const centerCanvas = this.viewport.worldToCanvasCoords(centerW);
    const rCanvas = this.viewport.worldToCanvasDist(radiusW);
    this.queueCircle(planet, centerCanvas, rCanvas);
  }
  queueCircle(planet, center, radius) {
    const { position: posA, energyInfo: energyA } = this.attribManagers;
    const r = radius + 1;
    const { x, y } = center;
    //calculating the top left and bottom right of the bounding square.
    const { x1, y1 } = { x1: x - r, y1: y - r };
    const { x2, y2 } = { x2: x + r, y2: y + r };
    //creating an array of all the vertices for the triangle 14
    EngineUtils.makeDoubleQuadBuffered(this.quadBuffer, x1, y1, x2, y2, -1, -1, 1, 1);
    //passing in the vertices to the vertex shader
    posA.setVertex(this.quadBuffer, this.verts);
    //passing in the energy information. 6 times because we passed in 6 vertices.
    for (let i = 0; i < 6; i++) {
      energyA.setVertex([planet.energy, planet.energyCap], this.verts + i);
    }
    this.verts += 6;
  }
  setUniforms() {
    if (!this.gl) return;

    this.uniformSetters.matrix(this.gl.projectionMatrix);
  }
}
const program = {
  uniforms: {
    matrix: { name: 'u_matrix', type: UniformType.Mat4 },
  },
  attribs: {
    position: {
      dim: 4,
      type: AttribType.Float,
      normalize: false,
      name: 'a_position', //the name of the attribute variable
    },
    energyInfo: {
      dim: 2,
      type: AttribType.Float,
      normalize: false,
      name: 'a_energy',
    },
  },
  vertexShader: glsl`
        in vec4 a_position;
        in vec2 a_energy;
        uniform mat4 u_matrix;

        out vec2 v_rectPos;
        out float v_energy;
        out float v_energy_cap;
        void main() {
            // converting from canvas coordinates too clip space
            gl_Position = u_matrix * vec4(a_position.xy, 0.0, 1.0); 
            //setting the varrying variables for use in the fragment shader
            v_energy = a_energy.x;
            v_energy_cap = a_energy.y;
            v_rectPos = a_position.zw;
        }
  `,
  fragmentShader: glsl`
        #define PI 3.1415926535

        precision highp float;
        out vec4 outColor;

        in vec2 v_rectPos;
        in float v_energy;
        in float v_energy_cap;

        void main() {
            float dist = length(v_rectPos);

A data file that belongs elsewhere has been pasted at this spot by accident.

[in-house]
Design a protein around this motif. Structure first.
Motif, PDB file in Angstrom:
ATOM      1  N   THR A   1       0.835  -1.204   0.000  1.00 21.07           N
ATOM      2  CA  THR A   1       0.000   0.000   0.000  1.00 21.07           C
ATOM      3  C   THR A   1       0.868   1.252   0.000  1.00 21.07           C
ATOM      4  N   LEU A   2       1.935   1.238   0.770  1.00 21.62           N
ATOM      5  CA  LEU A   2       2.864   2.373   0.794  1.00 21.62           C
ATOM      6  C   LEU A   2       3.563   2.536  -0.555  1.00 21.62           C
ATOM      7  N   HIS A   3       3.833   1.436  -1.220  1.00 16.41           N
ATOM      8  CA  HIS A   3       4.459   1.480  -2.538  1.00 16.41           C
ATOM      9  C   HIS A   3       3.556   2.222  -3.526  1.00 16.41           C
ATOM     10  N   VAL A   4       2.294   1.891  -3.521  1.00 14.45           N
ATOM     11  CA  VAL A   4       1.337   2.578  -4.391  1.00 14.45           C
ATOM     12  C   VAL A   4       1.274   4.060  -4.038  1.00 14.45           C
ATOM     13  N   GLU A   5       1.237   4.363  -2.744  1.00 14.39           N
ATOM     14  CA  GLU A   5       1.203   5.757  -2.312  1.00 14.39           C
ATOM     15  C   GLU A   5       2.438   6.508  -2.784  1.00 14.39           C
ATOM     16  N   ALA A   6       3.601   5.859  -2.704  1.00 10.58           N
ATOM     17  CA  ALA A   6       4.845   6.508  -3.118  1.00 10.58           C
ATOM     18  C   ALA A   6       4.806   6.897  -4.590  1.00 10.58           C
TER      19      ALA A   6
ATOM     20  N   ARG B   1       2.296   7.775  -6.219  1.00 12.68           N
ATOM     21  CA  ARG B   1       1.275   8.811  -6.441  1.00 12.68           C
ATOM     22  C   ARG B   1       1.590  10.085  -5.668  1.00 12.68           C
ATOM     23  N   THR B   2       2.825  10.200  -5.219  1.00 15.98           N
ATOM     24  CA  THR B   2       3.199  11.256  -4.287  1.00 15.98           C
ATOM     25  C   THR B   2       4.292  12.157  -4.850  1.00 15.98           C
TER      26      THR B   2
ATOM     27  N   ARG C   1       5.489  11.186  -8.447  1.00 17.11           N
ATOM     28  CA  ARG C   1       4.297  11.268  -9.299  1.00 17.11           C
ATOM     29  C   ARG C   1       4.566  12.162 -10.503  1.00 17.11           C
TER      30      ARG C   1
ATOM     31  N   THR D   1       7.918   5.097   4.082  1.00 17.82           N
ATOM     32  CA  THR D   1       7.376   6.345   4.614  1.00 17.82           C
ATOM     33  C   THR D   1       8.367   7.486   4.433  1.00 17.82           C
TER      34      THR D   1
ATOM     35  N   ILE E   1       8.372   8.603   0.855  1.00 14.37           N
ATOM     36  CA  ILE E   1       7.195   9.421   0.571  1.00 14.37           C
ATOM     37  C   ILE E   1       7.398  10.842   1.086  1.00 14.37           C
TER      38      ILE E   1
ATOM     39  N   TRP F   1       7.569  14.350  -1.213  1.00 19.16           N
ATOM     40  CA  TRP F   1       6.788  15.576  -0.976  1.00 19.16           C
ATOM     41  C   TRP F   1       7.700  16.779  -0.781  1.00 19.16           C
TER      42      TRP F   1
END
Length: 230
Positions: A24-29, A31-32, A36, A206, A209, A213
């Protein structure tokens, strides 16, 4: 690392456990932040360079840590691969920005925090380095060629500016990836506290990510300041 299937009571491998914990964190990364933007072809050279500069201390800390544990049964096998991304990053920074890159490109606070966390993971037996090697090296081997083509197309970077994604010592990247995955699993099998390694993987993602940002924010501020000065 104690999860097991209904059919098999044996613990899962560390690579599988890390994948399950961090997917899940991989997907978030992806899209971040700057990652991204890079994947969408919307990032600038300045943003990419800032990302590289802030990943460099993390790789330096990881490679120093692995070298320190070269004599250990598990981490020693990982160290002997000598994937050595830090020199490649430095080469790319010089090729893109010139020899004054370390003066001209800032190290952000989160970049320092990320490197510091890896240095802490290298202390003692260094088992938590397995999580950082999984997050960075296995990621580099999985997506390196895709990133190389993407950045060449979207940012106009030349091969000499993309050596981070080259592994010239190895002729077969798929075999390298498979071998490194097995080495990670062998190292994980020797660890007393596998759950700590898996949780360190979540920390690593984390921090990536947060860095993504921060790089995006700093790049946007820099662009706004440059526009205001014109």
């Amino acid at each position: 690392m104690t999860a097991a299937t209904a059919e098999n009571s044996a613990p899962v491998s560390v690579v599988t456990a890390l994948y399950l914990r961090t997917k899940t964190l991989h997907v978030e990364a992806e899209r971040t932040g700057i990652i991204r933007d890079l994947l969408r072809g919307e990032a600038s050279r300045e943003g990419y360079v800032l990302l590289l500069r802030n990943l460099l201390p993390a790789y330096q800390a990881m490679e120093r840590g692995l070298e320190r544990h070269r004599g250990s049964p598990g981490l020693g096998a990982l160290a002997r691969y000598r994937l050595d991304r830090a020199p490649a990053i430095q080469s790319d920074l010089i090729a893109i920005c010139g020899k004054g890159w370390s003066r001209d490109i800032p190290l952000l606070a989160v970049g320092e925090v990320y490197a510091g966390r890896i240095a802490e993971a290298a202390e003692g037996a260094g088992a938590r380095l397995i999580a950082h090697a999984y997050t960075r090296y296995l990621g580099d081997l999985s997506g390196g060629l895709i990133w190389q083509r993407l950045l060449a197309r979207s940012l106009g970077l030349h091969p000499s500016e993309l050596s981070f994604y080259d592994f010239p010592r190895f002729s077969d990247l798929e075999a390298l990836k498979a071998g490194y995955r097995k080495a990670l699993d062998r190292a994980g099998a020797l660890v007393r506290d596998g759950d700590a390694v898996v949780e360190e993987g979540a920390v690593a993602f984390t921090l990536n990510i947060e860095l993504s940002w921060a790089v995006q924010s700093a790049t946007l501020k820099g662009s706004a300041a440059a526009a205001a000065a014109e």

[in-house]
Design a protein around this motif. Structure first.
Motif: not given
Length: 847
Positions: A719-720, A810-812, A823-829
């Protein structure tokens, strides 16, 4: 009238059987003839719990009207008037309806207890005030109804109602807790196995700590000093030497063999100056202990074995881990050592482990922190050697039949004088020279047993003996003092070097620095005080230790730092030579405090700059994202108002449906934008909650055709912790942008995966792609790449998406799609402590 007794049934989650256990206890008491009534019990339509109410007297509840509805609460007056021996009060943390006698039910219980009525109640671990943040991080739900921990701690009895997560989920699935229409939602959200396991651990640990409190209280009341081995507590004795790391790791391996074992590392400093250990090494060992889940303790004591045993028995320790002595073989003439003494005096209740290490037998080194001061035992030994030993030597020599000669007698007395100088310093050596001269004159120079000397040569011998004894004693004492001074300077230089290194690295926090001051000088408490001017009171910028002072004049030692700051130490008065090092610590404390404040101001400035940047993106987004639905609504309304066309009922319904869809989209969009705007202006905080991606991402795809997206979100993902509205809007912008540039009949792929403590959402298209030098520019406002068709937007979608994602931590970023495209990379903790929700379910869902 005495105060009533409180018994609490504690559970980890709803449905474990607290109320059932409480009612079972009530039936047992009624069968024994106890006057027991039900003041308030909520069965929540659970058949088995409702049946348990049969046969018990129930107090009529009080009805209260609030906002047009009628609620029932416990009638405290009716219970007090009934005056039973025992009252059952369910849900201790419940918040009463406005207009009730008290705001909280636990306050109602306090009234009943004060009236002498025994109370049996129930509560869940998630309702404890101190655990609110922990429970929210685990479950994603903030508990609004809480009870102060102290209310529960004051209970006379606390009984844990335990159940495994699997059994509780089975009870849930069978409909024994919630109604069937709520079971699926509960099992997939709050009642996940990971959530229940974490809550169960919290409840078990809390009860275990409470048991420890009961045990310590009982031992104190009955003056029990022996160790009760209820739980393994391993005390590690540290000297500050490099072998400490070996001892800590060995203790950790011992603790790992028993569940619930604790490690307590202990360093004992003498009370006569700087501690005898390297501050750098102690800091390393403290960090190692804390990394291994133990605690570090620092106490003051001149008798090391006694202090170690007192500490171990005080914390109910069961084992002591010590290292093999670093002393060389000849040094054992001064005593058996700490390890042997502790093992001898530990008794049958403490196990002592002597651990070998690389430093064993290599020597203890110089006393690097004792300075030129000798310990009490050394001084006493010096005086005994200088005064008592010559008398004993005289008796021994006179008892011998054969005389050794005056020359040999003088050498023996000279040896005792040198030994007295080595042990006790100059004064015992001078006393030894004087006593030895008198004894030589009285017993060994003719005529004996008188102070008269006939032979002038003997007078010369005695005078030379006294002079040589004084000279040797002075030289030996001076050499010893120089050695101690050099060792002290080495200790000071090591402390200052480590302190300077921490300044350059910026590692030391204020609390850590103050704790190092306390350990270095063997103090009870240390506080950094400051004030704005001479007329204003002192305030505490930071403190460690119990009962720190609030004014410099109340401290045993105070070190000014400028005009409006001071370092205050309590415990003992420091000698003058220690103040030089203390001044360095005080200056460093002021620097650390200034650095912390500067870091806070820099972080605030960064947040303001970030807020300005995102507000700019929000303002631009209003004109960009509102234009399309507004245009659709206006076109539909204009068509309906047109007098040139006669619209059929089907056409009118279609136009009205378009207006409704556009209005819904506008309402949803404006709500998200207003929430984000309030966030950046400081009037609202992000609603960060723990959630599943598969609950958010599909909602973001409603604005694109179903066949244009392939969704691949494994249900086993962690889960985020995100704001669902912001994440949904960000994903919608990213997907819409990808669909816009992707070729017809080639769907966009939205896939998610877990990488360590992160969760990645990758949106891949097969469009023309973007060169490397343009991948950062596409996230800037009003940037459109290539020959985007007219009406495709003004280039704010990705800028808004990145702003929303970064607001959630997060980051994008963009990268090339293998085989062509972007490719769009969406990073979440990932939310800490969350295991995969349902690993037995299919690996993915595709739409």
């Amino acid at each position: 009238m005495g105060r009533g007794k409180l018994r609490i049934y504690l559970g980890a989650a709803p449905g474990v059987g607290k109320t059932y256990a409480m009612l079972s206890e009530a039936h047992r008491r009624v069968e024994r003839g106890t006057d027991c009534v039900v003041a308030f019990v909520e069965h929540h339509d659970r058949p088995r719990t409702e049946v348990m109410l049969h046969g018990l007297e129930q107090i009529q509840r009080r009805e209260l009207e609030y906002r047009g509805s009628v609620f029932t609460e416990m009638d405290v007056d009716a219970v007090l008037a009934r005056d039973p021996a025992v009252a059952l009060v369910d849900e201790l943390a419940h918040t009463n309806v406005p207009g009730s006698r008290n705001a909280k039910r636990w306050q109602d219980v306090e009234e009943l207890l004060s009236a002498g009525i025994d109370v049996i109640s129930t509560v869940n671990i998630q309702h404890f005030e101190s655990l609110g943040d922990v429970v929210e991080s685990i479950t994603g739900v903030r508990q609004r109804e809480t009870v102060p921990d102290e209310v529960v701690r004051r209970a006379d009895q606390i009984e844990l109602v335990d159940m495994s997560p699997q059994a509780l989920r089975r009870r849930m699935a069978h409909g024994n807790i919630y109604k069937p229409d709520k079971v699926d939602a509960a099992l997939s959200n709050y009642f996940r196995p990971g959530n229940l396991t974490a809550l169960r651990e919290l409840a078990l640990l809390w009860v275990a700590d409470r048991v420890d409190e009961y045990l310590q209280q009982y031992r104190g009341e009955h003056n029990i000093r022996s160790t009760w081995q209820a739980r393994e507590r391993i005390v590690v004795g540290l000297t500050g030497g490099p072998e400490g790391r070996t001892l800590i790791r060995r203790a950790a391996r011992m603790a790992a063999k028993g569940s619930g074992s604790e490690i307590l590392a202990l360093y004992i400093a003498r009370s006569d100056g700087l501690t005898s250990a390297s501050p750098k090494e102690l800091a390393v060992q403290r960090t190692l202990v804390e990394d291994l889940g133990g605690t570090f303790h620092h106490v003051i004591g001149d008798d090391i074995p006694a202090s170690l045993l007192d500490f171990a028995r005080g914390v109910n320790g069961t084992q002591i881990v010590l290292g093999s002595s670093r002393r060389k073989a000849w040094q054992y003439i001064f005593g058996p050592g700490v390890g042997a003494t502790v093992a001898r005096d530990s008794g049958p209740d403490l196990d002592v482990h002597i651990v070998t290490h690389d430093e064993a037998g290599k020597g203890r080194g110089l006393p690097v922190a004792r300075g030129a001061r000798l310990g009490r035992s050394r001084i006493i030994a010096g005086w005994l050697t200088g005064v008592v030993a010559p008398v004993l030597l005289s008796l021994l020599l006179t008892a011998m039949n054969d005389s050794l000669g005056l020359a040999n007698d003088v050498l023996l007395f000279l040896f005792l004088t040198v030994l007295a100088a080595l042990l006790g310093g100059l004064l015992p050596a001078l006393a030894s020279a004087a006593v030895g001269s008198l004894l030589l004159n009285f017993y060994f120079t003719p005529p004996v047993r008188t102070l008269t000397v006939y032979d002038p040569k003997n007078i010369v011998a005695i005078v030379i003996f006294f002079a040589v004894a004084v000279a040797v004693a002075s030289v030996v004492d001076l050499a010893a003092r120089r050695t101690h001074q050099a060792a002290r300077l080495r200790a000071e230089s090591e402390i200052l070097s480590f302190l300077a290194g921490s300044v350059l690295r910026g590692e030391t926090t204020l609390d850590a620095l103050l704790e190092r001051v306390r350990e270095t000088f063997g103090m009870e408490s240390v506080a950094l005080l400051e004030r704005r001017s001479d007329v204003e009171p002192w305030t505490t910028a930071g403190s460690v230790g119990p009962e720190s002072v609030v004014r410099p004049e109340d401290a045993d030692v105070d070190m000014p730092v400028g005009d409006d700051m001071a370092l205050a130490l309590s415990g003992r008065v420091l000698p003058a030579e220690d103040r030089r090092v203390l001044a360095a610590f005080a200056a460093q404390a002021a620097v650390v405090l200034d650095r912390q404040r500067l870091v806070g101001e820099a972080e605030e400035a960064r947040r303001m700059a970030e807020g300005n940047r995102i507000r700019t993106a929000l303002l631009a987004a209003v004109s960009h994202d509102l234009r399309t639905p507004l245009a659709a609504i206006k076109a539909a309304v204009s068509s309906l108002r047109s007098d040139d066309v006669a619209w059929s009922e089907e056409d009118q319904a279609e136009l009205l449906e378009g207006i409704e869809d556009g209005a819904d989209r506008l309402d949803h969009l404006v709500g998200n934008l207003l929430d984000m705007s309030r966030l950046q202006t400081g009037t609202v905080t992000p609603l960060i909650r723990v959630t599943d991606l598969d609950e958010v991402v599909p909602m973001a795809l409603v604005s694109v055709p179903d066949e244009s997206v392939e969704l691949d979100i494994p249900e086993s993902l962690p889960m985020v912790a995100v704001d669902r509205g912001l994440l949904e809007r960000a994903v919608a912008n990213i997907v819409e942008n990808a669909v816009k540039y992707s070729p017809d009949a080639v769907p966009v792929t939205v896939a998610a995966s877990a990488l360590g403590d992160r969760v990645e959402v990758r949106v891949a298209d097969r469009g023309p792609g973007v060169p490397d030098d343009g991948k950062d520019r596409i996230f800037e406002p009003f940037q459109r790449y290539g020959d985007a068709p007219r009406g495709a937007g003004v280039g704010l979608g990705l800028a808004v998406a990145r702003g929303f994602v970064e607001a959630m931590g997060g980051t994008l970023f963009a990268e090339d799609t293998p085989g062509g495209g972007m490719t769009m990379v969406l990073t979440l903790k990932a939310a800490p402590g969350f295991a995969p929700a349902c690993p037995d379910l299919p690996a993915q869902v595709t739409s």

// if it's outside the circle
            if (dist > 1.0) discard; 

            //determine the color of the pixel using rgb values 
            //[red,green,blue,opacity] the range of the numbers is from 0 to 1
            outColor = vec4(1,1.0/v_energy_cap*v_energy,0,1);
        }
  `,
};

Once we are done implementing the renderer we can call ui.setCustomRenderer to start rendering our own Asteroid Field Renderer.

export default class ExamplePlugin {
  constructor() {
    const gl = ui.getGlManager();
    if (!gl) return;
    this.mineRenderer = new GenericMineRenderer(gl, ui.getViewport());
    ui.setCustomRenderer(this.mineRenderer);
  }
  async render(div) {}
  destroy() {
    console.log('destroying renderer plugin');
    ui.disableCustomRenderer(this.mineRenderer);
  }
}

The code above is an example of implementing the renderer with plugins. When the plugin is started it creates a new instance of our custom Asteroid Field Renderer and then uses setCustomRenderer to activate it. When the plugin is destroyed we disable the renderer by using disableCustomRenderer.

The result of running the plugin can be seen below.

Before: CirlceBefore

After: CirlceAfter

Documentation Links

Renderer Types

All renderer types can be found here: https://github.com/darkforest-eth/packages/tree/master/types#type-declaration-27

To find the interface for each renderer go to the link below. The name of the interface is the entity name followed by RendererType: https://github.com/darkforest-eth/packages/tree/master/types#interfaces

Dark Forest Renderers

Below are examples of Dark Forest renderers

Basic Planets

Background Renderer:

If you want to look at more renderers, you can find all the Dark Forest renderers here: https://github.com/darkforest-eth/packages/tree/master/renderer/src/Entities

The WebGl Code for those renderers can be found here: https://github.com/darkforest-eth/packages/tree/master/renderer/src/Programs

Rendering Tools

Generic Renderer is base class that Dark Forest team created for all of its renderers: https://github.com/darkforest-eth/packages/blob/master/renderer/src/WebGL/GenericRenderer.ts

Engine Utils contains function for common WebGl Operations : https://github.com/darkforest-eth/packages/blob/master/renderer/classes/EngineUtils.md

https://github.com/darkforest-eth/packages/blob/master/renderer/src/EngineUtils.ts

The viewport class is used to translate between game and canvas coordinate systems: https://github.com/darkforest-eth/packages/blob/master/types/interfaces/GameViewport.md

Our Wrapper class for the WebGL2RenderingContext GameGlManager: https://github.com/darkforest-eth/packages/blob/master/renderer/classes/GameGLManager.md

If you want to mess with canvas 2D rendering you can access a CanvasRenderingContext2D by calling ui.get2dRenderer() WARNING: all images drawn with the CanvasRenderingContext2D will all be on top of WebGl